Sarko made a name for herself on New York City's club scene
Anita Sarko, whose spins and style helped define 1980s club culture in New York City, is being remembered for her larger-than-life personality.
The celebrity DJ died at the age of 68 earlier this month in a suicide by hanging, the New York City medical examiner’s office confirmed to PEOPLE.
Jason Weinberg, a longtime close friend to Sarko and manager to a bevy of stars, explained how her inner circle is reacting to the loss.
“We are all saddened and wish the outpouring of love and support had manifested in other ways and sooner,” he told PEOPLE via email.
Columnist Michael Musto shared the news in a heartfelt Facebook post on Friday.
“She was a tough broad who didn’t like being mistreated, and was vocal about those who’d done her wrong,” he wrote.
Sarko was so tough, she took on cancer – and won, Musto explained.
“Five years ago, Anita was diagnosed with both ovarian and uterine cancers, but she was operated on and not only survived, she was declared in the clear earlier this year,” Musto wrote. “But she suffered some lingering pains and also complained of the results of the hormone depletion caused by her hysterectomy.”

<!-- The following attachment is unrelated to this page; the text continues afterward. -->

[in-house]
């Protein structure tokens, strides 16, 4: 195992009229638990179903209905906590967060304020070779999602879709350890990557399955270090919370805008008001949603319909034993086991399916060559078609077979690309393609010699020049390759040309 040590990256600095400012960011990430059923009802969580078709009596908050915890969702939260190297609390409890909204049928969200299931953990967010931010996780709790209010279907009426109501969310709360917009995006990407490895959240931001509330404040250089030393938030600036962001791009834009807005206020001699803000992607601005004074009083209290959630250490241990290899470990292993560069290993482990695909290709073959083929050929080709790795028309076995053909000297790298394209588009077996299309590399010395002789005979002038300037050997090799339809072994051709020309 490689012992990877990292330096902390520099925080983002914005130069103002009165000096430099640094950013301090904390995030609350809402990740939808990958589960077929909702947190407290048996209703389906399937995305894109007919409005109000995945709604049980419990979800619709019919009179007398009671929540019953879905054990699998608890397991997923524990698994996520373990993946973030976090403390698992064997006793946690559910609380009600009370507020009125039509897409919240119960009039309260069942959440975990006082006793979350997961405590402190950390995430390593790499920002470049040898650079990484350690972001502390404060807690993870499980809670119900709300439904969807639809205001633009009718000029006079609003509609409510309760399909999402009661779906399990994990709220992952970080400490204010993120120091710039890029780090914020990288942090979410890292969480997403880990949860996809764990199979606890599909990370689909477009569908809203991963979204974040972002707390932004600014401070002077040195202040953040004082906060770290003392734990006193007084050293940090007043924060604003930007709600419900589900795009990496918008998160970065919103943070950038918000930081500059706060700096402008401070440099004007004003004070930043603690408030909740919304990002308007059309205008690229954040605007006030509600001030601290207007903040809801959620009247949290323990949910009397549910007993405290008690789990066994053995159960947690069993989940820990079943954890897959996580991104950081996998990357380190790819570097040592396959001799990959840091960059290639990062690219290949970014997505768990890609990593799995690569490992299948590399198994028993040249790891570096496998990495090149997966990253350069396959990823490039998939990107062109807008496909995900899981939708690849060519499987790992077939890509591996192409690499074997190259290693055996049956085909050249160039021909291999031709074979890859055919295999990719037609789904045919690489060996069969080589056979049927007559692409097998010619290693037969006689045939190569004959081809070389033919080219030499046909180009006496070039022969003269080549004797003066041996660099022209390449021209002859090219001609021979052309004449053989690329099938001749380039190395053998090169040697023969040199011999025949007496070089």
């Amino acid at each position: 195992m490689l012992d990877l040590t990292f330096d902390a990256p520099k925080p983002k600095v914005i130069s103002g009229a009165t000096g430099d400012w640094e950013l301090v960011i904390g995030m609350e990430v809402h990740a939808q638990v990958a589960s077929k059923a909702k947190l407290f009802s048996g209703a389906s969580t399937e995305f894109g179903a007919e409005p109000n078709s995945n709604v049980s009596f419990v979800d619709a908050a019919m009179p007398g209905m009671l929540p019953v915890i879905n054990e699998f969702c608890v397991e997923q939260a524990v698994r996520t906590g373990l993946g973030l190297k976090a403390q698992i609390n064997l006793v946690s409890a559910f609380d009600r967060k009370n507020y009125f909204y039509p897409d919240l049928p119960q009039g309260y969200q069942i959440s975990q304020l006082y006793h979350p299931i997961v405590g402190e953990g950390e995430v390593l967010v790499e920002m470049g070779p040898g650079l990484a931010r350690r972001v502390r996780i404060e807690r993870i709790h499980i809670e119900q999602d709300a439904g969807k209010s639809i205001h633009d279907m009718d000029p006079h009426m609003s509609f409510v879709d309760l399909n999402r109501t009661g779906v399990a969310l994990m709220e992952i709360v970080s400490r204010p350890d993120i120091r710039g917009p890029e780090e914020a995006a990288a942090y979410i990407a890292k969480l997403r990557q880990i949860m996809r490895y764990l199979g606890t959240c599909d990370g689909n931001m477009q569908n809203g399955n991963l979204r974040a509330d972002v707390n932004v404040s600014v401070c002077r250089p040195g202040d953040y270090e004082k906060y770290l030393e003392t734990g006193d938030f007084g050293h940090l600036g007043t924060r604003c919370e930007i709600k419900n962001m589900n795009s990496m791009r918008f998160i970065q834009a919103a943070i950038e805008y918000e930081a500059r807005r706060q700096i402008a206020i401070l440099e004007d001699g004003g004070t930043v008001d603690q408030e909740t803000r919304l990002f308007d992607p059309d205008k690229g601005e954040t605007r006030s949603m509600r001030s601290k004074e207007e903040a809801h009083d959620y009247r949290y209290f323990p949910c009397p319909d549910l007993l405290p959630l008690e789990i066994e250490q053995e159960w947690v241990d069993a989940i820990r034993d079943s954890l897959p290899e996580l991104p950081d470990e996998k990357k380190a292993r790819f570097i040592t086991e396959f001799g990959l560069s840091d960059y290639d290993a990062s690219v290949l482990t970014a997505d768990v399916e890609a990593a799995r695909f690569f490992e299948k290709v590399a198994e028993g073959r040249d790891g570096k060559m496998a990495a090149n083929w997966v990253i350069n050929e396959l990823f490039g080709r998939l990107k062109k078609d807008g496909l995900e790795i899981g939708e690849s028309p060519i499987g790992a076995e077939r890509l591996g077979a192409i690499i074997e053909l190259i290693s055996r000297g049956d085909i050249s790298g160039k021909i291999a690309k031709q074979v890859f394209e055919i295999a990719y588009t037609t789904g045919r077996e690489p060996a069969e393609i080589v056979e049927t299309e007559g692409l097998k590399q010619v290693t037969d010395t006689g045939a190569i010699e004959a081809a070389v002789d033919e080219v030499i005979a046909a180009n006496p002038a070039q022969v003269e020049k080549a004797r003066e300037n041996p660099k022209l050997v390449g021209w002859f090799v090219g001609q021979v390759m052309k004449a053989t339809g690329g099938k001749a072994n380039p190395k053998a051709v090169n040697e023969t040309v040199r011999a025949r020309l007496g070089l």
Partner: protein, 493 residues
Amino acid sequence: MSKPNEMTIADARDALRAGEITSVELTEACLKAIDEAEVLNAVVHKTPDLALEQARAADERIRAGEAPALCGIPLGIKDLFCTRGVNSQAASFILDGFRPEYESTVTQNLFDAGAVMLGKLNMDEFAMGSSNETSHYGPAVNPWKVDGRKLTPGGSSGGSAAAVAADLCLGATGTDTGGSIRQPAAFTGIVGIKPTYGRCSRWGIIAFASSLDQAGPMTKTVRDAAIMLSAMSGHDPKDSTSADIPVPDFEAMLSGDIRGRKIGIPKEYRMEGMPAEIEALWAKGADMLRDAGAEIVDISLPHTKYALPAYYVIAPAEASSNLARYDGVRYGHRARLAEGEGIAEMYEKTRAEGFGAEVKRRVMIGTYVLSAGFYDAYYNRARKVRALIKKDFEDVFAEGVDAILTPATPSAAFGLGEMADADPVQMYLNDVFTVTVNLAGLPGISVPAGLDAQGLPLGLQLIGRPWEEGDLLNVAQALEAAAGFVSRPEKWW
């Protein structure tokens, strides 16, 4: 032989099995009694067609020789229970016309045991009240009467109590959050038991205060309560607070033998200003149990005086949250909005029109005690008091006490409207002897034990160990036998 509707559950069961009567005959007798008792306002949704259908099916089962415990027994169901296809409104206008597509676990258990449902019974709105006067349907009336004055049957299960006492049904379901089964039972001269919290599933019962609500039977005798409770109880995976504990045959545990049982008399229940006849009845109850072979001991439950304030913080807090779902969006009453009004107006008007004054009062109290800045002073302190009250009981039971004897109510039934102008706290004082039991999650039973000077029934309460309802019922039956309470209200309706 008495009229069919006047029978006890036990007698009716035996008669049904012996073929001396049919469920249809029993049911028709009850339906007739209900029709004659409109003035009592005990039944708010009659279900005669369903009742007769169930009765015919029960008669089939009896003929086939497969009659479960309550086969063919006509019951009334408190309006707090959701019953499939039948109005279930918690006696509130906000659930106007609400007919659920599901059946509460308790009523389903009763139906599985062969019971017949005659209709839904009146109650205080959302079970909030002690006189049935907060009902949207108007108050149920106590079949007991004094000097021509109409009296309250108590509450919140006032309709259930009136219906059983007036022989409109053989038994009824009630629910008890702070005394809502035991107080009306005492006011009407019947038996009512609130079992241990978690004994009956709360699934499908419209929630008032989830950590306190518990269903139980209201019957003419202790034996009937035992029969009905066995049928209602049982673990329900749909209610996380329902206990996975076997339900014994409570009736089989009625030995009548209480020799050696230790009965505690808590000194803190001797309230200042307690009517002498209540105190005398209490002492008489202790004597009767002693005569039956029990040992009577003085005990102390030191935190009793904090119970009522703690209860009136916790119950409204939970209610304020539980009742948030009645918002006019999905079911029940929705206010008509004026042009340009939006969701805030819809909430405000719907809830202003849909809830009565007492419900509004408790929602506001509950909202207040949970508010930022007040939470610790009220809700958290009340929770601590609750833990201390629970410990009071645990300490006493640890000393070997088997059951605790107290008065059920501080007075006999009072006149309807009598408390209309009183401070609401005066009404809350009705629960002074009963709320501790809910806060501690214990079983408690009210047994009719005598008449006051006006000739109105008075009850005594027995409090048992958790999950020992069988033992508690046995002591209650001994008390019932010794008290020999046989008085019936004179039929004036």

She was also concerned about the direction of her career and felt that “projects had reached an absolute dead end for her.”
Sarko, who hails from Detroit, made a name for herself behind the booth of N.Y.C.’s most influential clubs in the ’80s, including Mudd Club and Danceteria.
“Anyone who requested a particular record from Anita was greeted with the retort that she wasn’t a jukebox, otherwise you could just bend her over and put in a quarter!” wrote Musto in his online tribute.
After being drawn to Sarko at a dinner party in the late ’80s, Weinberg soon found himself opting for her couch over his own bed at home.
“Anita was like a guardian angel [or] Jiminy Cricket to me,” he said. “She introduced me to a lot of people and looked out for me as if I was her own blood.”
In later years, Sarko married husband Erzen Krivca; wrote for publications such as Paper, Interview and Playboy; hosted a Sirius XM radio show; and, most recently, worked with photographer Patrick McMullan.
For Weinberg, Sarko’s death is a tragic reminder of the importance of supporting loved ones.
“I think people who have children and younger family members often count on them to be helpful in times of need,” he explained. “I think everyone should reach out to those you love who are older and more alone in life and be there for them more. People get so busy and often take things for granted. I feel very lucky to have had Anita as a friend and miss her dearly.